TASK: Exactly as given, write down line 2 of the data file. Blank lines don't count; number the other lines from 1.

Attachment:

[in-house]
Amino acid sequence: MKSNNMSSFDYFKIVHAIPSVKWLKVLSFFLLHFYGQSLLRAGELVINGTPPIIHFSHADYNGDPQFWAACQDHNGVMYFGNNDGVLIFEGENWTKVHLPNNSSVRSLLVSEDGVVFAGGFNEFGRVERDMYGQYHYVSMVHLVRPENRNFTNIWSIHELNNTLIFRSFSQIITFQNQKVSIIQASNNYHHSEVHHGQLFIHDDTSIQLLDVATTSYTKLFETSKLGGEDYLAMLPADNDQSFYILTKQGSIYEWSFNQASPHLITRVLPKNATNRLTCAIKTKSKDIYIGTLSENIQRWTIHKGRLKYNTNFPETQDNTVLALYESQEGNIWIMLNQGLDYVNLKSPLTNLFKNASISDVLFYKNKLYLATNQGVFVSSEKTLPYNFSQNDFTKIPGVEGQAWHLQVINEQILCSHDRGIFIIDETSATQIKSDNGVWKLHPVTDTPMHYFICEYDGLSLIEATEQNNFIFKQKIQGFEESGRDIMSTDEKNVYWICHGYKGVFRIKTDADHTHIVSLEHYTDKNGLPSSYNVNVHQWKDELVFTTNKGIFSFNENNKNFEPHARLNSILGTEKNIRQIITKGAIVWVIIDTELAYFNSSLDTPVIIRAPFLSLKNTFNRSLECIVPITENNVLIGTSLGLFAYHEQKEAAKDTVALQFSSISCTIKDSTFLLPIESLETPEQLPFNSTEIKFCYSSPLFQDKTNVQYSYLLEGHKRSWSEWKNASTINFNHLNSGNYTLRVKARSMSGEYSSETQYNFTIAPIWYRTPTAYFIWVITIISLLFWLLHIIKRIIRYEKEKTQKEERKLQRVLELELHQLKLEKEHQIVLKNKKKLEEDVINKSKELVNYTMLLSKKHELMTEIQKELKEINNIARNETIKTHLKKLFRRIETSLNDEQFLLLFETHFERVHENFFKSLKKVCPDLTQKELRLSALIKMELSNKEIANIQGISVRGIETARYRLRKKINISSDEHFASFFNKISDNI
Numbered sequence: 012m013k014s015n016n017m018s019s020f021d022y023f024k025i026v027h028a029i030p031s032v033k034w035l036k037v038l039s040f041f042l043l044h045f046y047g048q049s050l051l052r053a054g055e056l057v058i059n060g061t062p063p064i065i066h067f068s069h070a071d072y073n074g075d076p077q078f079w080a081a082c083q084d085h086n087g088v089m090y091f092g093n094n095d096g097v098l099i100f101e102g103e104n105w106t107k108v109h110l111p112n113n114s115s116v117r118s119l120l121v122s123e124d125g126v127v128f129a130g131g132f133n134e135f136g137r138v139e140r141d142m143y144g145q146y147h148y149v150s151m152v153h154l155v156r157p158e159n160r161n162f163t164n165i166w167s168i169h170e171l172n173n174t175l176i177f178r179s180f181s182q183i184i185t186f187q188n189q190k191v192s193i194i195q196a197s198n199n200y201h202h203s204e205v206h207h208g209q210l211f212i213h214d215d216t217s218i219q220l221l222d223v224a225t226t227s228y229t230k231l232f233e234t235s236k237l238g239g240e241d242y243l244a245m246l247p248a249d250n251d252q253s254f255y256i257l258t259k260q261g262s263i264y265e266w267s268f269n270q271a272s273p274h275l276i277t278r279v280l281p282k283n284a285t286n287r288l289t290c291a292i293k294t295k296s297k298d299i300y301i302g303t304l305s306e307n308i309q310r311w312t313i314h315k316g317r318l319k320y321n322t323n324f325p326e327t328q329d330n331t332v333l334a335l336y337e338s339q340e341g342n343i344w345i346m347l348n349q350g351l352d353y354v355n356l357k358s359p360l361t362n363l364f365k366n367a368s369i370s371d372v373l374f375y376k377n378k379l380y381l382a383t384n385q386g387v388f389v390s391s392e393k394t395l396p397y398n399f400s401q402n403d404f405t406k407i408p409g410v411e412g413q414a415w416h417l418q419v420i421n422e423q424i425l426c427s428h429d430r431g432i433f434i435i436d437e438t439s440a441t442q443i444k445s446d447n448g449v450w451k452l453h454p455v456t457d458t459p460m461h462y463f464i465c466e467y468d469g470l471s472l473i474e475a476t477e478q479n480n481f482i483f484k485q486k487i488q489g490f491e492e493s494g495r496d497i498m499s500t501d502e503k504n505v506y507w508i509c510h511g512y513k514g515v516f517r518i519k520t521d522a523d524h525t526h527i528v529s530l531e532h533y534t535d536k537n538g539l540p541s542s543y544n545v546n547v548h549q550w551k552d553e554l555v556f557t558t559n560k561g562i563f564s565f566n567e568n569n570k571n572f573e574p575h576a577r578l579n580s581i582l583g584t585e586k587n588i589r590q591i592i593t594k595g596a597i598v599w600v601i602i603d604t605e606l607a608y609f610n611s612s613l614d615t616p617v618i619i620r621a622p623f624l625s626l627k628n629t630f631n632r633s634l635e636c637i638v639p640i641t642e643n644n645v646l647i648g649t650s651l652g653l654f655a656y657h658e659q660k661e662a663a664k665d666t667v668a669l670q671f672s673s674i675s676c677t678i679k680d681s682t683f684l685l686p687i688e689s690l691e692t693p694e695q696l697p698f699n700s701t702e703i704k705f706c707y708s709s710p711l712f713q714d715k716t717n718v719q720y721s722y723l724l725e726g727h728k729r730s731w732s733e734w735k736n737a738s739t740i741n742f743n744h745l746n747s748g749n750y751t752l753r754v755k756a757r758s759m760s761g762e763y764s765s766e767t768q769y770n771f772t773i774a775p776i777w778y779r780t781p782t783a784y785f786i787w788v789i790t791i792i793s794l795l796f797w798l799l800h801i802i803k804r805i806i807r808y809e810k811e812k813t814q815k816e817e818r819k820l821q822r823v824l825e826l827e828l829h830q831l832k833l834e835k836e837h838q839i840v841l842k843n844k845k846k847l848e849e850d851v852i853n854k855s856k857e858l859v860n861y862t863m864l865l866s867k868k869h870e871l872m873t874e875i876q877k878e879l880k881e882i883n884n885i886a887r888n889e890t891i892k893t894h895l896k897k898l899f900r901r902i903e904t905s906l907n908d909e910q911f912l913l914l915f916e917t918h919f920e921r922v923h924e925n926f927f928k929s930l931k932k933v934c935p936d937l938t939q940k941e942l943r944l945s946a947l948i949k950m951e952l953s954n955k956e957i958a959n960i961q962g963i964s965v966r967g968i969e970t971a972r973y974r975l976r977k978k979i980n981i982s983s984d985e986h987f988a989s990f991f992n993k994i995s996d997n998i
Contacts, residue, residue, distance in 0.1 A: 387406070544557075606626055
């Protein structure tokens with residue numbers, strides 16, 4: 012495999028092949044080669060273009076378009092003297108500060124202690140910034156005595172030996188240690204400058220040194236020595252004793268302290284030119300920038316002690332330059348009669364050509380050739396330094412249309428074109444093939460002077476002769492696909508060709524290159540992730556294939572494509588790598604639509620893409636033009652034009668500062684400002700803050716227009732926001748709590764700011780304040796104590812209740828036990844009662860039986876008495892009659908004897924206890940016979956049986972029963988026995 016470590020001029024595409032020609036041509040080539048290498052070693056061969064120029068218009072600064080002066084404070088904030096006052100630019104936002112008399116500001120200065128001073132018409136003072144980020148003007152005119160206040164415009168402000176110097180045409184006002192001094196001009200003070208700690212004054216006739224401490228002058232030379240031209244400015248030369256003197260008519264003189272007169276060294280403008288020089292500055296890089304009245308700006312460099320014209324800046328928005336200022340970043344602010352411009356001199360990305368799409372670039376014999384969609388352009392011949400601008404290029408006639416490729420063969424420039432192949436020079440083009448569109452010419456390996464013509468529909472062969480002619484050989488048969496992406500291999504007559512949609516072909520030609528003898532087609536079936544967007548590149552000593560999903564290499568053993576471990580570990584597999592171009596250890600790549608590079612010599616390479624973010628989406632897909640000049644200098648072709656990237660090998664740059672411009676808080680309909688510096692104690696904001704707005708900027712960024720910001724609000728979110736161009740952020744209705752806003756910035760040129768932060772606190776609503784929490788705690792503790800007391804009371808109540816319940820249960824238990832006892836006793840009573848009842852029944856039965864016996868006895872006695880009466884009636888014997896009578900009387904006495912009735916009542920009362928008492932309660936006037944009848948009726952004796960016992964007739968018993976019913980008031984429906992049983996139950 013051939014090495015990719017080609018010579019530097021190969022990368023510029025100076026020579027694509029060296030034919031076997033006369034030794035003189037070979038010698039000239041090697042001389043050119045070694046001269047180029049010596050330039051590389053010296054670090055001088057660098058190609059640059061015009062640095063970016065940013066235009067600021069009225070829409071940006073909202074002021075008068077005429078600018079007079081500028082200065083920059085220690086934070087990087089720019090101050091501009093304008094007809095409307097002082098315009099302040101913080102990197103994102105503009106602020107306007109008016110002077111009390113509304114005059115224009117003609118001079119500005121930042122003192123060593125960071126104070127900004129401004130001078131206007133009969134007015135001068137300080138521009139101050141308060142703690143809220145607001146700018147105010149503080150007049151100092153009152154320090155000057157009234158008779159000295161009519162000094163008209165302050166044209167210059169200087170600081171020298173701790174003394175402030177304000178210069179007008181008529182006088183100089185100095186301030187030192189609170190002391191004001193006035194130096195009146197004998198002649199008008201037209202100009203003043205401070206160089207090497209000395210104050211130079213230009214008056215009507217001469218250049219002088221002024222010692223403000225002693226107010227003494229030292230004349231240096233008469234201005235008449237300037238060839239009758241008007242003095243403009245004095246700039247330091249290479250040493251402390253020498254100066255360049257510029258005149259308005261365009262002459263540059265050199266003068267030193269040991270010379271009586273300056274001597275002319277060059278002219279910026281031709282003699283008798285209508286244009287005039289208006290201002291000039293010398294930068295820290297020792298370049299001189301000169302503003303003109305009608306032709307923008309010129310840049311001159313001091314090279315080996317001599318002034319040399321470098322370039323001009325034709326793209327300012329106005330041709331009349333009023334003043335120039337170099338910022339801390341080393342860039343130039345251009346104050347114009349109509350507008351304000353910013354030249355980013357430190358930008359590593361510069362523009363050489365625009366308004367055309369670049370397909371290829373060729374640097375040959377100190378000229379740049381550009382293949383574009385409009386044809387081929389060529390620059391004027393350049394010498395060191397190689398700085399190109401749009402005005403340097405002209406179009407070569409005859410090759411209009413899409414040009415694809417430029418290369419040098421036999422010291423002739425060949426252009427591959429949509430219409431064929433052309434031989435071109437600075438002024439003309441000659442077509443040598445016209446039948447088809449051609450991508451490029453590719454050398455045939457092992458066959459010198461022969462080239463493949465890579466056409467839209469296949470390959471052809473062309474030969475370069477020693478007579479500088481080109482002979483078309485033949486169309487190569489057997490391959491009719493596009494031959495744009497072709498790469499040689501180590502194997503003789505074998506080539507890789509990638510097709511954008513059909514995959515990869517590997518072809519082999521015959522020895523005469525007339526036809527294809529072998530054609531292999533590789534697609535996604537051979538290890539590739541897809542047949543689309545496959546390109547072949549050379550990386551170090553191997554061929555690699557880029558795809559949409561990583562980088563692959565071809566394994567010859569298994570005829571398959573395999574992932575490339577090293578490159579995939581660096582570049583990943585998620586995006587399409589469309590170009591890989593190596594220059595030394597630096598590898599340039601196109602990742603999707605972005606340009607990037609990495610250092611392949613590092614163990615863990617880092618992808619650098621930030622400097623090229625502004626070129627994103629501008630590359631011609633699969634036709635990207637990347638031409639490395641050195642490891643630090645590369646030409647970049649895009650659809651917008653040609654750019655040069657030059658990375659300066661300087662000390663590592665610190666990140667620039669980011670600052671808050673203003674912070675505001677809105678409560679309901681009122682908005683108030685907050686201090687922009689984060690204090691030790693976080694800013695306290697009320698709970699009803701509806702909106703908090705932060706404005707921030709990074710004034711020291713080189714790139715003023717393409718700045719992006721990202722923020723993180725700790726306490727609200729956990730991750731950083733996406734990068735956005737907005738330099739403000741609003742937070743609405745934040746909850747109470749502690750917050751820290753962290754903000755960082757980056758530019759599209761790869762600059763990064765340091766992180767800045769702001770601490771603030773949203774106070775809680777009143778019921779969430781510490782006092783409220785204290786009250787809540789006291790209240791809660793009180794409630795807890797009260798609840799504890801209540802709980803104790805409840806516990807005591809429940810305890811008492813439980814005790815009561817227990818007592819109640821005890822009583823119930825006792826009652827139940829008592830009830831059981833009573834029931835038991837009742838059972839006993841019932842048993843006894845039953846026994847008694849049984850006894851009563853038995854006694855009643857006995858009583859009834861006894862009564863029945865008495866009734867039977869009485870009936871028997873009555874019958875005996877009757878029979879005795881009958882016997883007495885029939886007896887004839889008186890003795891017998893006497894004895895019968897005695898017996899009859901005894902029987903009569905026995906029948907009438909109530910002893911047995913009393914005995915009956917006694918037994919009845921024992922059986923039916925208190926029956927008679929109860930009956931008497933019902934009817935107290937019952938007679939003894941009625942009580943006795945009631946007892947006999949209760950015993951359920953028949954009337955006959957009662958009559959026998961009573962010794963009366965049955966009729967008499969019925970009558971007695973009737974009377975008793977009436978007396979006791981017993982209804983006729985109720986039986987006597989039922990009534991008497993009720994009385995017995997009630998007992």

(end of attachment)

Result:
Amino acid sequence: MKSNNMSSFDYFKIVHAIPSVKWLKVLSFFLLHFYGQSLLRAGELVINGTPPIIHFSHADYNGDPQFWAACQDHNGVMYFGNNDGVLIFEGENWTKVHLPNNSSVRSLLVSEDGVVFAGGFNEFGRVERDMYGQYHYVSMVHLVRPENRNFTNIWSIHELNNTLIFRSFSQIITFQNQKVSIIQASNNYHHSEVHHGQLFIHDDTSIQLLDVATTSYTKLFETSKLGGEDYLAMLPADNDQSFYILTKQGSIYEWSFNQASPHLITRVLPKNATNRLTCAIKTKSKDIYIGTLSENIQRWTIHKGRLKYNTNFPETQDNTVLALYESQEGNIWIMLNQGLDYVNLKSPLTNLFKNASISDVLFYKNKLYLATNQGVFVSSEKTLPYNFSQNDFTKIPGVEGQAWHLQVINEQILCSHDRGIFIIDETSATQIKSDNGVWKLHPVTDTPMHYFICEYDGLSLIEATEQNNFIFKQKIQGFEESGRDIMSTDEKNVYWICHGYKGVFRIKTDADHTHIVSLEHYTDKNGLPSSYNVNVHQWKDELVFTTNKGIFSFNENNKNFEPHARLNSILGTEKNIRQIITKGAIVWVIIDTELAYFNSSLDTPVIIRAPFLSLKNTFNRSLECIVPITENNVLIGTSLGLFAYHEQKEAAKDTVALQFSSISCTIKDSTFLLPIESLETPEQLPFNSTEIKFCYSSPLFQDKTNVQYSYLLEGHKRSWSEWKNASTINFNHLNSGNYTLRVKARSMSGEYSSETQYNFTIAPIWYRTPTAYFIWVITIISLLFWLLHIIKRIIRYEKEKTQKEERKLQRVLELELHQLKLEKEHQIVLKNKKKLEEDVINKSKELVNYTMLLSKKHELMTEIQKELKEINNIARNETIKTHLKKLFRRIETSLNDEQFLLLFETHFERVHENFFKSLKKVCPDLTQKELRLSALIKMELSNKEIANIQGISVRGIETARYRLRKKINISSDEHFASFFNKISDNI